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With CPM and PERT

Lecturer: Engr. Hassan Arshad

Department of Mechanical Engineering,


University of Management & Technology, Sialkot
 What is a project?
 A project is defined by a set of activities.
 Each activity is defined by its duration (time to complete the activity) and its
predecessors (activities that must be completed before the activity can start).

 Examples:
 Any construction project
 A major event like a wedding
1. Conception: identify the need
2. Feasibility analysis or study: costs, benefits, and risks
3. Planning: how long, what to do?
4. Execution: doing the project
5. Termination: ending the project
Network Analysis
Department of Mechanical Engineering,
University of Management & Technology, Sialkot
 Network analysis is one of the important tools for project management.

 Whether major or minor a project has to be completed in a definite time & at a


definite cost.

 The necessary information of any particular data can be represented as a project


network.

 These techniques are very useful for planning, scheduling and executing large-
time bound projects involving careful co-ordination of variety of complex and
interrelated activities
 Objectives

 Helpful in planning
 Inter-relationship of various activities
 Cost control
 Control on idle resources
 Avoiding delays, interruptions
 Applications

 Planning, scheduling, monitoring and control of large and complex projects.


 Construction of factories, highways, building, bridges, cinemas etc.
 Assembly line scheduling
 Installation of high tech machineries
 To make marketing strategies
 Activity :

 All projects may be viewed as composed of activities. It is the smallest unit of work
consuming both time & resources that project manager should schedule & control.
 An activity is represented by an arrow in network diagram

The head of the arrow shows sequence of


activities.
 Predecessor activity: Activities that must be completed immediately prior to the start
of another activity are called predecessor activities.

 Successor activity : Activities that cannot be started until one or more of other
activities are completed but immediately succeed them are called successor activities.

 Concurrent activities: Activities that can be accomplished together are known as


concurrent activities.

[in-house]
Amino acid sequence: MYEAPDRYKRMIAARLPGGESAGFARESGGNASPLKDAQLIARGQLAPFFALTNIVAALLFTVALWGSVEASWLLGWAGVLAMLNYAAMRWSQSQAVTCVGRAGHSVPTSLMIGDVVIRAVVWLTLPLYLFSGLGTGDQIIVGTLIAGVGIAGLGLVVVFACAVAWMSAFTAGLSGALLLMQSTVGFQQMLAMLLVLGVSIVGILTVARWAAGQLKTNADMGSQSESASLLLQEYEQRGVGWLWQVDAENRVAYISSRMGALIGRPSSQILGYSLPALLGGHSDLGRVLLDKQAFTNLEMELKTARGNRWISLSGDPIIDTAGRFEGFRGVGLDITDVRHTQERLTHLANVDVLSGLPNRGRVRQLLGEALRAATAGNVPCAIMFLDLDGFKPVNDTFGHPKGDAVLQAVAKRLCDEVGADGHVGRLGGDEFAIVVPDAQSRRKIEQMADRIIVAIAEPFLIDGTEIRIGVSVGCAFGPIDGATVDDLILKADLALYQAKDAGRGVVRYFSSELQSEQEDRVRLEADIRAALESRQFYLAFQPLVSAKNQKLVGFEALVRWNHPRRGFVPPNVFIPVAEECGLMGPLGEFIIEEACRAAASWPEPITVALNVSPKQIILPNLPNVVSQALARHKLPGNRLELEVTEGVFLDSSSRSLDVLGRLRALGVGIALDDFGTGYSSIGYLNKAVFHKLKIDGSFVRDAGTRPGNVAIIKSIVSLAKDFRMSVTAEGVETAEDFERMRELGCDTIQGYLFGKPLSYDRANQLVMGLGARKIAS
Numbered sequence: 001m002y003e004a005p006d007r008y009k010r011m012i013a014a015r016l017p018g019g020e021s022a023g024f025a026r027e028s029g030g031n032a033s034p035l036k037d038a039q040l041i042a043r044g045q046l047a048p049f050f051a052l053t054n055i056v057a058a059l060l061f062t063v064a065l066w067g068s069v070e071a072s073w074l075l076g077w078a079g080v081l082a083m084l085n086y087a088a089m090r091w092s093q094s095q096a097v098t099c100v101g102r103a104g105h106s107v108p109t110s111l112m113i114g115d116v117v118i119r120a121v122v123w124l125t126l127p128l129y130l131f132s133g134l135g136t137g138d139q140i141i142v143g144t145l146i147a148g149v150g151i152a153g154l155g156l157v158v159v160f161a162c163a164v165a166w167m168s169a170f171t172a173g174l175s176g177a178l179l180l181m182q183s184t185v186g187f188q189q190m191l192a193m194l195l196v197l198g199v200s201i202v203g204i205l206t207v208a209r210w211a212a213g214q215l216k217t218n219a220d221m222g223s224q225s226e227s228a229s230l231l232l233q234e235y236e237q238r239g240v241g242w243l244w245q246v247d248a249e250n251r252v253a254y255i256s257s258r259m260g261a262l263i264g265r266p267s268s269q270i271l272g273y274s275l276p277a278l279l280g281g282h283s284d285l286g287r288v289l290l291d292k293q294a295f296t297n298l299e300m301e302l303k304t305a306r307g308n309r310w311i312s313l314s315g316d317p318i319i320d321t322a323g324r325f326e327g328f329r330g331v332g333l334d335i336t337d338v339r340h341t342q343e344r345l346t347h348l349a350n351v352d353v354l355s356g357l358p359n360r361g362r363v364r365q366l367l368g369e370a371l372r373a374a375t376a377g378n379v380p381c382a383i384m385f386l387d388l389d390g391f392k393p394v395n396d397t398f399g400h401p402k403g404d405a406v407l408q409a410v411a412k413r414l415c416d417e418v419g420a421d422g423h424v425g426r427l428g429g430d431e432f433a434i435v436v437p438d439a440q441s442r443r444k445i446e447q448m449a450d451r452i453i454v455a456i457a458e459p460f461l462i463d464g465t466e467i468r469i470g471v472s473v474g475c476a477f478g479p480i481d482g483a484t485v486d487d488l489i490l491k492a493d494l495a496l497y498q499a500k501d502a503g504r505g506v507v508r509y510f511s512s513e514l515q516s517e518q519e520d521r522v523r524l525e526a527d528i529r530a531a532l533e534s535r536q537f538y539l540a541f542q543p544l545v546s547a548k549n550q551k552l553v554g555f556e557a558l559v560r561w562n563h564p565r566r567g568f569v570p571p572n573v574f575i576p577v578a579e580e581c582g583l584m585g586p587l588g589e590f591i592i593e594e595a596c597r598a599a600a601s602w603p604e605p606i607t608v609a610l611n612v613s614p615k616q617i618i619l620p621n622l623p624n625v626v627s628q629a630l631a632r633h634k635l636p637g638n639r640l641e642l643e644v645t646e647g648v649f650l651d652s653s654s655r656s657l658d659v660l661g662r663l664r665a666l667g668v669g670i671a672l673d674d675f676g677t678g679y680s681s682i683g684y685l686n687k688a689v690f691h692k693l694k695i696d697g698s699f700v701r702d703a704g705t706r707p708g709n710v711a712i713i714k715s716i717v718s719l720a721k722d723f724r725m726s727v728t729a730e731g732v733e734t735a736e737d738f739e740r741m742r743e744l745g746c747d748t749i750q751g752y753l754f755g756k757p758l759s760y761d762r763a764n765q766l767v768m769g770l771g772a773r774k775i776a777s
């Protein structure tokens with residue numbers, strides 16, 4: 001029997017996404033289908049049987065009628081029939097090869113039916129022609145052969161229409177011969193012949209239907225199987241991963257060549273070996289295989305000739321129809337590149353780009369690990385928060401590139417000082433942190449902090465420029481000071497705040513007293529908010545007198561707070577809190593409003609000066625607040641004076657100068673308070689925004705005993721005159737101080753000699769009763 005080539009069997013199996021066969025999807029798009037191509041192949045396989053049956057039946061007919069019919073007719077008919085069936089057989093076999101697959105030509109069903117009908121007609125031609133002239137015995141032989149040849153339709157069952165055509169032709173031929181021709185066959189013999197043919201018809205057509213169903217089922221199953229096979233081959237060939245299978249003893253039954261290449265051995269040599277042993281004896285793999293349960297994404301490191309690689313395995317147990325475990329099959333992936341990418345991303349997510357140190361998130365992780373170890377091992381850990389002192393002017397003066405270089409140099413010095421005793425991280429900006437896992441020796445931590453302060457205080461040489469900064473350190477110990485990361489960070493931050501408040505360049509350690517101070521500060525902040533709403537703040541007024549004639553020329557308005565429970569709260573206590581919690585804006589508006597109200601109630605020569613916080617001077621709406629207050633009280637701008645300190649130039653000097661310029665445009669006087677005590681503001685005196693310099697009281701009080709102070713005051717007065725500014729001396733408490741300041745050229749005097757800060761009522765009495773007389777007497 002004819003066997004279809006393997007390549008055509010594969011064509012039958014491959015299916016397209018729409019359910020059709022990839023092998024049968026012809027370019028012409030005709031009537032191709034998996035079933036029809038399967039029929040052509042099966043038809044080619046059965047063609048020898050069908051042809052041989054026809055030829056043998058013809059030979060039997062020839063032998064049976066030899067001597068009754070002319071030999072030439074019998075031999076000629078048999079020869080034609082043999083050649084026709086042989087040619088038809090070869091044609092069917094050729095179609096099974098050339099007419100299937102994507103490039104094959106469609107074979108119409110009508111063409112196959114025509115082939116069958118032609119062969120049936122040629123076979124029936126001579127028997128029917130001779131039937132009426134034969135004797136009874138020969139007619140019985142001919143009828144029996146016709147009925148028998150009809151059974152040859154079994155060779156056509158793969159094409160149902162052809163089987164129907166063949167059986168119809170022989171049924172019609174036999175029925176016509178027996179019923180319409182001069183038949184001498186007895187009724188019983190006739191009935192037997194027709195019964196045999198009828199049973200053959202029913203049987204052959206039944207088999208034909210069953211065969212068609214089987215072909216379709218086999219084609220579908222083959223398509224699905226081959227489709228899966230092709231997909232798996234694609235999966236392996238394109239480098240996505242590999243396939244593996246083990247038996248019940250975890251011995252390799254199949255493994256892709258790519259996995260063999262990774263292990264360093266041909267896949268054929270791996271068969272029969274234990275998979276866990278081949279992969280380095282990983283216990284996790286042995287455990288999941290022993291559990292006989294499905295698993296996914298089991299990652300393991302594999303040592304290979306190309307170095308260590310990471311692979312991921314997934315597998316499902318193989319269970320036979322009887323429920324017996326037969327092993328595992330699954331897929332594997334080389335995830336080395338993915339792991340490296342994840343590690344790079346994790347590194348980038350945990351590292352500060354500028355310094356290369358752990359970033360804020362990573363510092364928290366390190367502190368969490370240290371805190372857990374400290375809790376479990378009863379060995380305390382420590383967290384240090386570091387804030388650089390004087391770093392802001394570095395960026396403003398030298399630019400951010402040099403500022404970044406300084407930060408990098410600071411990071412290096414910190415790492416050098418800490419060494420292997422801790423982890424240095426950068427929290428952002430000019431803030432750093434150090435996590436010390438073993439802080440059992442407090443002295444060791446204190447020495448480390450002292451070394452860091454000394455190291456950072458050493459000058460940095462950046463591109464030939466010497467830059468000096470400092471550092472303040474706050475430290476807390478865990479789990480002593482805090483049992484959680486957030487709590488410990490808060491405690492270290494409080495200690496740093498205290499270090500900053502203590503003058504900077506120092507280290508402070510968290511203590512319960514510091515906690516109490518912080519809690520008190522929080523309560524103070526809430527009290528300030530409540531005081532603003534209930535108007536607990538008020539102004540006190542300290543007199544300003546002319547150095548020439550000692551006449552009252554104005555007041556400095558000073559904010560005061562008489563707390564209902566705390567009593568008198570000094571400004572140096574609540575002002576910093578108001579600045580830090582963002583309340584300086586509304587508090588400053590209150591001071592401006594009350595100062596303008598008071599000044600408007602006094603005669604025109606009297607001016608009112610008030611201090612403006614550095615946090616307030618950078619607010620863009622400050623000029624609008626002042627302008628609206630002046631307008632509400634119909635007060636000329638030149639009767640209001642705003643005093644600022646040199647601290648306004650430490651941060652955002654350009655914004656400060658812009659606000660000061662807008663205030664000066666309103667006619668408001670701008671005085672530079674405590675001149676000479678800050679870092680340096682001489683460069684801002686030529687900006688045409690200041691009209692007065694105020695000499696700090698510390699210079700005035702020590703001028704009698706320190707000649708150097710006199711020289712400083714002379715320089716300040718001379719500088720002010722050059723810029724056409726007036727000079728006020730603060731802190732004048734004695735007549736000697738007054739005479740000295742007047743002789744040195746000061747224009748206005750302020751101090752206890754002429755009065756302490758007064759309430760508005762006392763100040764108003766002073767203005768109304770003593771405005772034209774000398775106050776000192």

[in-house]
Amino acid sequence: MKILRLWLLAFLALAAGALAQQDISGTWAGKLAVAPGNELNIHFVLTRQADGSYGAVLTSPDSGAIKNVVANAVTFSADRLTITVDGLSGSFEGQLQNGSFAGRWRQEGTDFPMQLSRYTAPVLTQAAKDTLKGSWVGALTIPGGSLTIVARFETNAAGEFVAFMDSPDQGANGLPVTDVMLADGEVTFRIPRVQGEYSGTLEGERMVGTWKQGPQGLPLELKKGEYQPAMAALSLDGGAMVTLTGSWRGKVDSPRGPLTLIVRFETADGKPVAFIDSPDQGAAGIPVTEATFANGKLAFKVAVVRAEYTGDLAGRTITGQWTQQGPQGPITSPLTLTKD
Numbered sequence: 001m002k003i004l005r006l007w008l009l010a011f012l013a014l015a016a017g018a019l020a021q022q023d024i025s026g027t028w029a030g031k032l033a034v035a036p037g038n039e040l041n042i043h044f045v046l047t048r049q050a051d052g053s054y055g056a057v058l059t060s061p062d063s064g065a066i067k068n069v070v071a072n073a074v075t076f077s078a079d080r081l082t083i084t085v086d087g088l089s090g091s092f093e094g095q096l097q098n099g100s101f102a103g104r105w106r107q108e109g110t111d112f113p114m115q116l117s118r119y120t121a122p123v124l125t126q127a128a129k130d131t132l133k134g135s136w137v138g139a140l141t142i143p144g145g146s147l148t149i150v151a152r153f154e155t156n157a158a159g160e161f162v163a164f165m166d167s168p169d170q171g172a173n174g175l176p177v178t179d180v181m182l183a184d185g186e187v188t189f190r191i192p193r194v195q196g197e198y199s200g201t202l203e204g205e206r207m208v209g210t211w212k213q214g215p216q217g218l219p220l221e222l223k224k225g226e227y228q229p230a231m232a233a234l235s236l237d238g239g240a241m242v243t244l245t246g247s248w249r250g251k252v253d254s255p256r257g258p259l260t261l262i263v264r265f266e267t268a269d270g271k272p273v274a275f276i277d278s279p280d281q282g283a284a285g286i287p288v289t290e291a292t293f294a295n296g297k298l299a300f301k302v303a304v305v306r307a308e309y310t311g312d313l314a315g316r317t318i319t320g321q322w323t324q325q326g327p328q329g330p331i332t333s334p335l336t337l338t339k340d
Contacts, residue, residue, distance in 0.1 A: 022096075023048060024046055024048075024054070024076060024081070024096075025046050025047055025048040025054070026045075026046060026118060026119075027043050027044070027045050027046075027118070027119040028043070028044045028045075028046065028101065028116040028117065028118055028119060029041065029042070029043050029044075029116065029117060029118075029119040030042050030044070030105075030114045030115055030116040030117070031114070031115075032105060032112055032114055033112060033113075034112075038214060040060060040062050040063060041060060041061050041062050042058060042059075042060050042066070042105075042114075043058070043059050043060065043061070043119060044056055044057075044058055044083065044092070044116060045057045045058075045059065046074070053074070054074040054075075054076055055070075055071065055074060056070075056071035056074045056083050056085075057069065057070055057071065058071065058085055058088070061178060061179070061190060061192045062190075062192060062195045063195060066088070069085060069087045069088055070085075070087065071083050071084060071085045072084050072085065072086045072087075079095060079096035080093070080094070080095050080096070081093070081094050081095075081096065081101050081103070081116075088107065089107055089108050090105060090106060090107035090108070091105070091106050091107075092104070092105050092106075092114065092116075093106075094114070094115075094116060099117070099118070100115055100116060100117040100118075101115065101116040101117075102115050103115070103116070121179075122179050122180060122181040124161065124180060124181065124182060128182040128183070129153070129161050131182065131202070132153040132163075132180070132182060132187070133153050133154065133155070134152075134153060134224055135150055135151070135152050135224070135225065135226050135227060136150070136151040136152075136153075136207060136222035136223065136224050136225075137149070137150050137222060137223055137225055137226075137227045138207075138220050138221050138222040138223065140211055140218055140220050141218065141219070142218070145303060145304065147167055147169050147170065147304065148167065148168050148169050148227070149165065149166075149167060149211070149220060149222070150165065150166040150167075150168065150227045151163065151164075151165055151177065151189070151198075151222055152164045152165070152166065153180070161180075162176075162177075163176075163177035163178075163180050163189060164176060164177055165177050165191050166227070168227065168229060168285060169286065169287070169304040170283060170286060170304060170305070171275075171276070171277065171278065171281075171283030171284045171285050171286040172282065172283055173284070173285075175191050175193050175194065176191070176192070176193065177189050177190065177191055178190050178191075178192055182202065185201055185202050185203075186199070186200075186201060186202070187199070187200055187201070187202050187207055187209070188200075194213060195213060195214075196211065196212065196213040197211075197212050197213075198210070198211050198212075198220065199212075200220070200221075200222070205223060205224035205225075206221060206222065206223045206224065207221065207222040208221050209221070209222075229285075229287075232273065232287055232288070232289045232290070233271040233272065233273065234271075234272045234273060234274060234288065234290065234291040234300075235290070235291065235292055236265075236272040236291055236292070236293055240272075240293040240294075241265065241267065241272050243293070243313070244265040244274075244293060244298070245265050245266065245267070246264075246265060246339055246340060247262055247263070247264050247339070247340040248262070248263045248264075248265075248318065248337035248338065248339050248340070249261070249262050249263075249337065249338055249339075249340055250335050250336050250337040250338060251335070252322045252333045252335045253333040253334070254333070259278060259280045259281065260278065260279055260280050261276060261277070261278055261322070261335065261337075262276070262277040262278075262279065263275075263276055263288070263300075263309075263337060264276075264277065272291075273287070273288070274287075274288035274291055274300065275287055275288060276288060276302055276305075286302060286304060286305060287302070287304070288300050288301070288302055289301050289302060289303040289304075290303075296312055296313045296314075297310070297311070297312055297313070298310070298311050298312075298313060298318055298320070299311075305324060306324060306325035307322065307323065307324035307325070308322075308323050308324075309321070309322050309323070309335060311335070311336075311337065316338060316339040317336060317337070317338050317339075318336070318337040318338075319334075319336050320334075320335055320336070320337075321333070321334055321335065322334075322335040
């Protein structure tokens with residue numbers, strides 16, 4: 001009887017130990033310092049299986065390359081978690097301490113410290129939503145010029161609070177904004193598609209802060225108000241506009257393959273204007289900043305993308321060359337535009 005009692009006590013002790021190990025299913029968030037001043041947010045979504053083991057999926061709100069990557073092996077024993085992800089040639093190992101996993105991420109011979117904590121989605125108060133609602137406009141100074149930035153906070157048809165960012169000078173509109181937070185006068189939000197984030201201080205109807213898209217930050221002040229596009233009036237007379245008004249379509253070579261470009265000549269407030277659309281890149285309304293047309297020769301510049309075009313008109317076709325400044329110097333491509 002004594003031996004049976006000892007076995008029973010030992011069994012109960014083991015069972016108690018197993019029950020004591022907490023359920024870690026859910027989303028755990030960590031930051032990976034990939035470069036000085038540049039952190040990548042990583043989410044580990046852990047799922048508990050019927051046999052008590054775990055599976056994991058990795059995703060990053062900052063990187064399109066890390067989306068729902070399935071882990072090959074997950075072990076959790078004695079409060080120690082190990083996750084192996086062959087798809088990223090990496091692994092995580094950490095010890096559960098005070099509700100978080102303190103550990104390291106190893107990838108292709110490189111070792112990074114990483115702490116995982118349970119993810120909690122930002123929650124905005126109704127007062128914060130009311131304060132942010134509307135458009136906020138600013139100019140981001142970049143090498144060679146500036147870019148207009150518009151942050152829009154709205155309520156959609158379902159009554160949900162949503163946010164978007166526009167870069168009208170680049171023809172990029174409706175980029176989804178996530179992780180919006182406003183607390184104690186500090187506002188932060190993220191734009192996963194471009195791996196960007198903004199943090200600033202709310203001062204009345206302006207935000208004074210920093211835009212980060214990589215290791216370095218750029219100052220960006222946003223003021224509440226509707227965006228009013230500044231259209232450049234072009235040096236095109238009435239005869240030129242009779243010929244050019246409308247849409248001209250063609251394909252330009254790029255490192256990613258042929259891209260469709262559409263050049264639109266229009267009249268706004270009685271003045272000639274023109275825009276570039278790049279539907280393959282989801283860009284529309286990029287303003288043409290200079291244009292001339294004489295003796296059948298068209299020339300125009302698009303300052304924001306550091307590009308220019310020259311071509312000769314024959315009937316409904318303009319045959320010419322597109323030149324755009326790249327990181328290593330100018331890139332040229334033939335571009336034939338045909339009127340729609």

 Dummy activity: An activity which does not consume any resource but merely depicts
the dependence of one activity on other is called dummy activity. It is introduced in a
network when two or more parallel activities have the same start and finish nodes.
 The beginning & end of an activities are called as events .
 Events are represented by numbered circles called nodes.

i j

Event Event
start finish
 Merge event

 Burst event

 Merge & Burst Event


AOA – Activity on Arrow:
 Example:
Networks show each activity
as an arrow, and the nodes
represent the starting and
ending points
AON – Activity on Node:
Networks show each activity
as a node and arrows show
the immediate predecessor
activities
A complete network diagram should have
one start point & one finish point.
The flow of the diagram should be from
left to right.
Arrows should not be crossed unless it is
completely unavoidable.
Arrows should be kept straight & not
curved or bent.
Angle between arrows should as large as
possible.
Each activity must have a tail or head
event.. No two or more activities may have
same tail & head events.
Once the diagram is complete the nodes
should be numbered from left to right. It
should then be possible to address each
activity uniquely by its tail & head event.
 A project to manufacture a product is composed of the following activities:
 The promoter of a rock concert must perform the following tasks before the
concert can be held. Durations are in days.
Network Planning Techniques
Department of Mechanical Engineering,
University of Management & Technology, Sialkot
NETWORK PLANNING TECHNIQUES

 Network analysis is the general name given to certain specific techniques which
can be used for the planning, management and control of projects.

 Commonly used techniques:


 Gannt Chart
 Critical Path Method (CPM)
 Program Evaluation and Review Technique (PERT)
 Gantt Chart
 Horizontal bar chart
 Developed in 1917 by Henry L. Gantt,
 Provides a graphical illustration of a schedule that helps to plan, and track specific tasks in a
project.
 CPM
 Critical Path Method
 Developed by Du Pont & Remington Rand
 Developed for industrial projects for which activity times generally were known

 PERT
 Program Evaluation and Review Technique
 Developed by U.S. Navy for Polaris missile project
 Developed to handle uncertain activity times
Program Evaluation and Review
Critical Path Method
Technique

A deterministic model with well  A probability model with uncertainty


known activity times based upon the in activity duration . The duration of
past experience. each activity is computed from
multiple time estimates with a view to
take into account time uncertainty.
 It is used in Production management -
 It is used in Project management - for
for the jobs of repetitive in nature non-repetitive jobs (research and
(construction projects & business development work).
problems).

 PERT analysis does not usually


 CPM deals with cost of project consider costs.
schedules & minimization.
 PERT and CPM have been used to plan, schedule, and control a wide variety of
projects:
 R&D of new products and processes
 Construction of buildings and highways
 Maintenance of large and complex equipment
 Design and installation of new systems
 Project managers rely on PERT/CPM to help them answer questions such as:

 What is the total time to complete the project?

 What are the scheduled start and finish dates for each specific activity?